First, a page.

Urban jungle music - Philip Glass, Unsuk Chin and Oskars Herliņš
On Friday, April 28, Sinfonietta Rīga invites to listen to the heartbeat of urban jungle at the Great Guild Hall, in a concert that includes Philip Glass' cinematic, minimalist violin concerto “The American Four Seasons” and Korean composer's Unsuk Chin “Graffiti”, revealing the fervour of the European capital of avant-garde, Berlin, where she currently resides. Last but not least – the premiere of the chamber symphony “8-BIT CONCERTO” by the extraordinary Latvian philosopher and composer Oskars Herliņš, attempting to bring together orchestral instruments and the electronic voice of a sound generator.
Perhaps the most revered among the drivers of New York's legendary yellow taxis, and also one of the best-known contemporary composers is Philip Glass (1937). Through the decades he has managed to immortalize and canonize the rhythm of American metropolises; their unusual poetry, the alienation, poignancy and loneliness, interspersed with unwavering vitality.
“The music of Philip Glass possesses great universality that allows for the imagination to unfold without limits and take us far, far away. Therefore, there are plenty of both passionate devotees and sulky deniers of his music. The most wonderful trait of Glass' music, however, is its ability to lift you up. It seems that one could swim in it for hours and hours. It offers a fantastic opportunity to retreat from the often tiring contemporary pace of life,” said Normunds Šnē, the artistic director of Sinfonietta Rīga and conductor of the upcoming concert.
On April 28 at the Great Guild Hall, Glass' musical personality will be revealed in his Violin Concerto No. 2, with Jana Ozoliņa as the first violin. The gifted musician, former student of professor Romāns Šnē, now living in Switzerland, has performed with Kremerata Baltica, COE (Chamber Orchestra of Europe) and YES (Young Eurasian Soloists Chamber Orchestra) among others. Ozoliņa has shared the stage with many luminaries of classical music, including Gidon Kremer, Yuri Bashmet, Evgeny Kissin, Mischa Maisky and Martha Argerich.
Inspired by the timeless sonnet cycle of the Baroque genius Antonio Vivaldi, Philip Glass has titled his violin concerto “The American Four Seasons”. But what do seasons mean in New York? This is not a question that can be answered with certainty, and the composer too provides a multitude of ambiguous moods, an observation of a city through a window of a car or a skyscraper, detached from the passing of time or climatic seasons.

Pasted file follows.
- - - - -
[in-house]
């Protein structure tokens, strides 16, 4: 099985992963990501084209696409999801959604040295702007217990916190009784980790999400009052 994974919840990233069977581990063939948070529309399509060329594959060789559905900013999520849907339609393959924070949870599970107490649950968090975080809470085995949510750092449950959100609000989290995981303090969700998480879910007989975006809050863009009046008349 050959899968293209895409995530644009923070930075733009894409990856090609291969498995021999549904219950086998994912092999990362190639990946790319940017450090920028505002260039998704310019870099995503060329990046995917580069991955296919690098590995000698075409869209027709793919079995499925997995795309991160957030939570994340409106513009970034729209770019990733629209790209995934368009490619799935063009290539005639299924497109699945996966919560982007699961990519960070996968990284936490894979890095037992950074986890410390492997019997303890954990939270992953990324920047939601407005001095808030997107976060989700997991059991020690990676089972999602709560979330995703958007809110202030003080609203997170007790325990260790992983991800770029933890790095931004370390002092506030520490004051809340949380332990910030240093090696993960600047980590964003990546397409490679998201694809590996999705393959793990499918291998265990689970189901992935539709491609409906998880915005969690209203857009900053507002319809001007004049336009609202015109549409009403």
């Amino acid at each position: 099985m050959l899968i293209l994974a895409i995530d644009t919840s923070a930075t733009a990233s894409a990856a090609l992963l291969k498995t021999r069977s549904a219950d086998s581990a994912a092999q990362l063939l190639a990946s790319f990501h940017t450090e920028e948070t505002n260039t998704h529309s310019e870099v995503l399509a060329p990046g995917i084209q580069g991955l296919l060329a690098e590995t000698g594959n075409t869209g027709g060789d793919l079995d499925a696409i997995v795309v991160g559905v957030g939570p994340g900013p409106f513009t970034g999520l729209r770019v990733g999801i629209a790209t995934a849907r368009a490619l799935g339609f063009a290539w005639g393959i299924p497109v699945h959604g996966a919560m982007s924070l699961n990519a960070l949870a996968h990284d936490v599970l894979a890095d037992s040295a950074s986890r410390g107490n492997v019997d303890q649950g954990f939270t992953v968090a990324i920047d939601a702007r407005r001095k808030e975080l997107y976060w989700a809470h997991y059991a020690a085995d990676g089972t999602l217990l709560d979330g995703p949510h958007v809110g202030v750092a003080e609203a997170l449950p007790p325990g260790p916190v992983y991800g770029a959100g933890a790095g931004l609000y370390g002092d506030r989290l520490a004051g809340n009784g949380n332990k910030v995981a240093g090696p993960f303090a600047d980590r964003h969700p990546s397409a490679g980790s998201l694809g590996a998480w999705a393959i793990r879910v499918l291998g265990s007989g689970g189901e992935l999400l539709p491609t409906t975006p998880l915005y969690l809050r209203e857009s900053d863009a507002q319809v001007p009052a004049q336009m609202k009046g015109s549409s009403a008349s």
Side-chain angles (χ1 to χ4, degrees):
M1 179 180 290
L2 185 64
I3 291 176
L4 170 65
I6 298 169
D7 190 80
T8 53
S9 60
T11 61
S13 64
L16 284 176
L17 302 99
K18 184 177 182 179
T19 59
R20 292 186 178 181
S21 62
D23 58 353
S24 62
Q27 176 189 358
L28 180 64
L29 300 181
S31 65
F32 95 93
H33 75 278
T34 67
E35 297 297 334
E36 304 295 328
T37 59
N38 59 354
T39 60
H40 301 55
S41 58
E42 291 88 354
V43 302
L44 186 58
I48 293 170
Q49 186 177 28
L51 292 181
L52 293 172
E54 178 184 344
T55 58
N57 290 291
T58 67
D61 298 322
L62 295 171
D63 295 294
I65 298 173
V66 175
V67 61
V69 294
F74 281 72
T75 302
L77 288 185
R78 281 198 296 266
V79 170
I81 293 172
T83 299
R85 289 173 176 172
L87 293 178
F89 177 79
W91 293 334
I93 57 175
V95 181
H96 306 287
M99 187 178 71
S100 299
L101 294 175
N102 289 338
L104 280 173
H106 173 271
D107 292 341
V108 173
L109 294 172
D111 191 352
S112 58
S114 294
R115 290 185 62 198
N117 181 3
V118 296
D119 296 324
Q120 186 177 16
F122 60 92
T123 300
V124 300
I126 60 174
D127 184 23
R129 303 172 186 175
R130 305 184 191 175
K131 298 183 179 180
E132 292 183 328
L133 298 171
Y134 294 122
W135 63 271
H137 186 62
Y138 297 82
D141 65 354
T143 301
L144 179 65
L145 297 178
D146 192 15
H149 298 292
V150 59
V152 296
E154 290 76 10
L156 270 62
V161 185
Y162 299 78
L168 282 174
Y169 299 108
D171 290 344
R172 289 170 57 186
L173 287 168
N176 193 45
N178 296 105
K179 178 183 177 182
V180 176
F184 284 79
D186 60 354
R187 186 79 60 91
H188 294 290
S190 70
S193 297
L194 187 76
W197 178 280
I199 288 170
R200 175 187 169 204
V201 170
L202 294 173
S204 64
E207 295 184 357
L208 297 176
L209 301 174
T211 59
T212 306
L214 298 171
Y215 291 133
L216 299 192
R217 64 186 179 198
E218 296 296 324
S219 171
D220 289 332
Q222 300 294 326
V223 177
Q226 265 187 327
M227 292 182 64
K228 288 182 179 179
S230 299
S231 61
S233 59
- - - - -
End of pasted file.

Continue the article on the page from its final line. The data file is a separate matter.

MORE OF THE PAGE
Winner of the Arnold Schönberg Prize for composition and the best-known contemporary Korean composer Unsuk Chin (1961) in her piece “Graffiti” views the urban artifacts through the prism of pantomime, arranging the contents of the music according to complex interactions among urban subcultures and social groups. The determining factor is the modality of expression, intricate contrasts of the social groups, masks emulating natural expressions and 21st century canons of behaviour and appearance.
Philosopher and composer's Oskars Herliņš chamber symphony “8-BIT CONCERTO” has been specially commissioned by Sinfonietta Rīga and will be premiered under the baton of Normunds Šnē at the Great Guild Hall as part of the concert programme. Herliņš' turn to electronic music is not accidental – he has always been interested in the multiplicity of means of artistic expression and sound generation. Notably, before turning to philosophy and professional musical composition, the composer studied radioelectronics at the Riga Technical College.
“When at the age 14 I got my first ZX-Spectrum computer, I was fascinated by the possibilities of its AY-3-8910 sound generator, first revealed in computer game music. Today, after trying out many different means to create music, I've decided to return to the basics and find out how this archaic source of sound can interact with acoustic instruments and reveal its yet undiscovered possibilities,” told Herliņš.
Sinfonietta Rīga has put forward promotion of chamber music in Latvia as one of its goals, and twice a year the orchestra commissions a Latvian contemporary composer to write a new chamber music piece. The premiere of Oskars Herliņš' opus will be a striking and remarkable testimony of this mission.